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Is Exercise More About “Calories In” Than “Calories Out”?

Most people believe that it is somehow possible to create a sustainable caloric deficit by burning calories through exercise.

This is why treadmills and exercise bikes display calories and many folks obsess about burning those “extra calories” (often only to eat or drink them right back).

Although exercise is certainly not the panacea for weight loss, there is no doubt that a substantial number of folks may experience very significant weight loss after taking up a regular exercise program.

I, however, have long suspected that the substantial weight benefits that these people experience has very little to do with the amount of calories burnt or, in other words, the [calories out] part of the equation.

Rather, I tend to favour the hypothesis that the weight-loss effects of exercise have more to do with the metabolic changes that result from the exercise (e.g. changes in insulin resistance, cortisol, sympathetic activity, etc.) and, perhaps even more importantly, the impact that exercise can have on ingestive behaviour.

Thus, I would not be surprised if the impact of exercise on mood and stress levels as well as the effects of exercise on self-esteem, improved sleep, and general well-being is in the end far more important for any weight loss associated with exercising than the actual amount of calories burnt.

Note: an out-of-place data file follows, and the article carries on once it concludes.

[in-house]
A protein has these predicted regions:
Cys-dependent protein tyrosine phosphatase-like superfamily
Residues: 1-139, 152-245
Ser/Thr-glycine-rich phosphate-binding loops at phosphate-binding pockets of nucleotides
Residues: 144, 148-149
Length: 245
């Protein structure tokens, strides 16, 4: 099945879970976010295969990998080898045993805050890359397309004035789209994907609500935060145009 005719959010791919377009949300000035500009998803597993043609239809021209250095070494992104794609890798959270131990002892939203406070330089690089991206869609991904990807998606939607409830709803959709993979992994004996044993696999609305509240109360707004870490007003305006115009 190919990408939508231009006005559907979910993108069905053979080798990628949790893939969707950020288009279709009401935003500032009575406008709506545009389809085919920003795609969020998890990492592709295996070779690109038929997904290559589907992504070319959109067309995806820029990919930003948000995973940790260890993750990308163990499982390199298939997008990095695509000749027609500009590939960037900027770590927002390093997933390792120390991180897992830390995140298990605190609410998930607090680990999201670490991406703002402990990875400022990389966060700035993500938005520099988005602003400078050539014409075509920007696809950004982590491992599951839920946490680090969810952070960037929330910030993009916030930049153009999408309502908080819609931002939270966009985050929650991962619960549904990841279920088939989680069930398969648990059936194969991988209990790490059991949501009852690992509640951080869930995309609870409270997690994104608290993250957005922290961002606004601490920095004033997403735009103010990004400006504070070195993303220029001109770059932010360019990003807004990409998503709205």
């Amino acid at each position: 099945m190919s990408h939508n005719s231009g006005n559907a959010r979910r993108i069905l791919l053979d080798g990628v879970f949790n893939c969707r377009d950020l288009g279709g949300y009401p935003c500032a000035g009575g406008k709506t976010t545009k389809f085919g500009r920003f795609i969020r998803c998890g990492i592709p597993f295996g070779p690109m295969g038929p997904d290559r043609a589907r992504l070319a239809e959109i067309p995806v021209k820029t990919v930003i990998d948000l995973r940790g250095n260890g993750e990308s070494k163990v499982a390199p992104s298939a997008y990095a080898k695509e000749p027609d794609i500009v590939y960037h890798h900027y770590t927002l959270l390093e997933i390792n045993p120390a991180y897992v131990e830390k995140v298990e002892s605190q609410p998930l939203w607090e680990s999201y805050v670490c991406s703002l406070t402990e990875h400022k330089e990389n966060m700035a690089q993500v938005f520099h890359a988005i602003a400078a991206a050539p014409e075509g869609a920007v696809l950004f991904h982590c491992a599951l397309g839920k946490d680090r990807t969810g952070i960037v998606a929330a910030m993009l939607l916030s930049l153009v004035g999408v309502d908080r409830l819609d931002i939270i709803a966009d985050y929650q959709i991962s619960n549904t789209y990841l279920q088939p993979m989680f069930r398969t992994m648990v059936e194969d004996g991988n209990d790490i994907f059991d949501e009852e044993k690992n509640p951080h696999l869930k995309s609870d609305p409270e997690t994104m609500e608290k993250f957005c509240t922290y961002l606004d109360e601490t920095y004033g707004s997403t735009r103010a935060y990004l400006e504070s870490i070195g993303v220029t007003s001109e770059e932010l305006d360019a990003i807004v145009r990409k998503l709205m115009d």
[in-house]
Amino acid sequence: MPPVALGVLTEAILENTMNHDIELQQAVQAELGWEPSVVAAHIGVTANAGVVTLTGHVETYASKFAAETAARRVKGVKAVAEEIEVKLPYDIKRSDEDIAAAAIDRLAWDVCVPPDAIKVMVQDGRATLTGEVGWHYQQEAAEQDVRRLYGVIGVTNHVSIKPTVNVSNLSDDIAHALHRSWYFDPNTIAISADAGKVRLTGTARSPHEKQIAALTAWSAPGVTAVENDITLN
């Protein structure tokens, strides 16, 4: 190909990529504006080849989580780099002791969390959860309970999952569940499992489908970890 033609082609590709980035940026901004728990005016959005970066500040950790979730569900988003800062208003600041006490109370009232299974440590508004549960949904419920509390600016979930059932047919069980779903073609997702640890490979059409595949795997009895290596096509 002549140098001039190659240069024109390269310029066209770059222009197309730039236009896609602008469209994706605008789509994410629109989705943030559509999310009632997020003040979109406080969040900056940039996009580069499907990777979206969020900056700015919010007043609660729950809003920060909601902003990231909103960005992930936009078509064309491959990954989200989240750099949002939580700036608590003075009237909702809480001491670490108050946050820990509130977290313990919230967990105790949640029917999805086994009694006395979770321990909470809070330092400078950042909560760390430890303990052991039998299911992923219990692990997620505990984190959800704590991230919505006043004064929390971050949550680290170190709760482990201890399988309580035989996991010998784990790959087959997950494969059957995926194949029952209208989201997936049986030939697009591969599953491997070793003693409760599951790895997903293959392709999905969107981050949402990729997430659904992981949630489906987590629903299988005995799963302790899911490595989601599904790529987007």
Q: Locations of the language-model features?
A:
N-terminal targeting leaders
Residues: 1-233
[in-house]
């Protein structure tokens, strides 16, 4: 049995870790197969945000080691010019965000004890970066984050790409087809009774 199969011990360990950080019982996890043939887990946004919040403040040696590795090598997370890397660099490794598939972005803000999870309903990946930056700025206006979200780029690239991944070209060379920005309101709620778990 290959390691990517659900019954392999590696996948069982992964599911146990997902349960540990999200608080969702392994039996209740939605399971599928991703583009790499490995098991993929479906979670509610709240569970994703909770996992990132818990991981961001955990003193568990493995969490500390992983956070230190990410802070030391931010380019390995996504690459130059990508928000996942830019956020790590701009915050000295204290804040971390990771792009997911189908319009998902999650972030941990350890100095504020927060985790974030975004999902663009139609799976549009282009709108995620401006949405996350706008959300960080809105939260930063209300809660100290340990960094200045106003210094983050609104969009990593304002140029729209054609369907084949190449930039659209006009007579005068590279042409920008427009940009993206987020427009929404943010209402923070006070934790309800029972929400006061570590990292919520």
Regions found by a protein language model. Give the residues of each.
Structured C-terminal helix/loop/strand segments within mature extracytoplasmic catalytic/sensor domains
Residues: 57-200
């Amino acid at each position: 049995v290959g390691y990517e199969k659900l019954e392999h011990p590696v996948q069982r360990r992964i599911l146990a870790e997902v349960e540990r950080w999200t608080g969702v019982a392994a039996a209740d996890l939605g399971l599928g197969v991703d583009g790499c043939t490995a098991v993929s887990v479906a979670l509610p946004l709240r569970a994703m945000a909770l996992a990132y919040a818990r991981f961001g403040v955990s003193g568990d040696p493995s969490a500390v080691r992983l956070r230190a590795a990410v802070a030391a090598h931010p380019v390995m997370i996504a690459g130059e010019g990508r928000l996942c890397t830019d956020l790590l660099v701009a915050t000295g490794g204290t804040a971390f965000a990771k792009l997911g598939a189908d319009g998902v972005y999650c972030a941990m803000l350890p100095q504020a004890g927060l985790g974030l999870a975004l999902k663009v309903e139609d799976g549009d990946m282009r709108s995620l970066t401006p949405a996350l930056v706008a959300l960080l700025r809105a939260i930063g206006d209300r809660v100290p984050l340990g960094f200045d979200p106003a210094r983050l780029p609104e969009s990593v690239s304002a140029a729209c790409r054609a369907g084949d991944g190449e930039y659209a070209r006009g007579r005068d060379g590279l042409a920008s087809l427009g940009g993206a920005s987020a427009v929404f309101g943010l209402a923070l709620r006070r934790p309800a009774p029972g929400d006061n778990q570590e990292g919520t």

Thus, I would predict that people in whom overeating is driven by stress, depression, poor self-esteem, or unrestorative sleep, will lose weight when they take up exercising – not because they are burning calories, but because they are eating less.

As a corollary, In people who are not overeating for any of the above reasons, exercise is far less likely to lead to weight loss – because it does not help them reduce their calorie intake.

Of course, if this hypothesis is true, it would easily explain why the same amount of exercise leads to weight loss in some people but not in others and why the amount of weight that some people lose with exercise simply cannot be explained by the amount of calories burnt.

In a paper just published in the Journal of Obesity, Jean-Phillipe Chaput and colleagues discuss exactly how physical activity can play a role in body weight regulation without actually affecting calories out.

The paper goes to great lengths to describe the many metabolic adaptations that occur in response to regular exercise and highlight how these adaptations rather than the actual number of calories “burnt” may explain many of the weight and health benefits of exercise.

As the authors also note: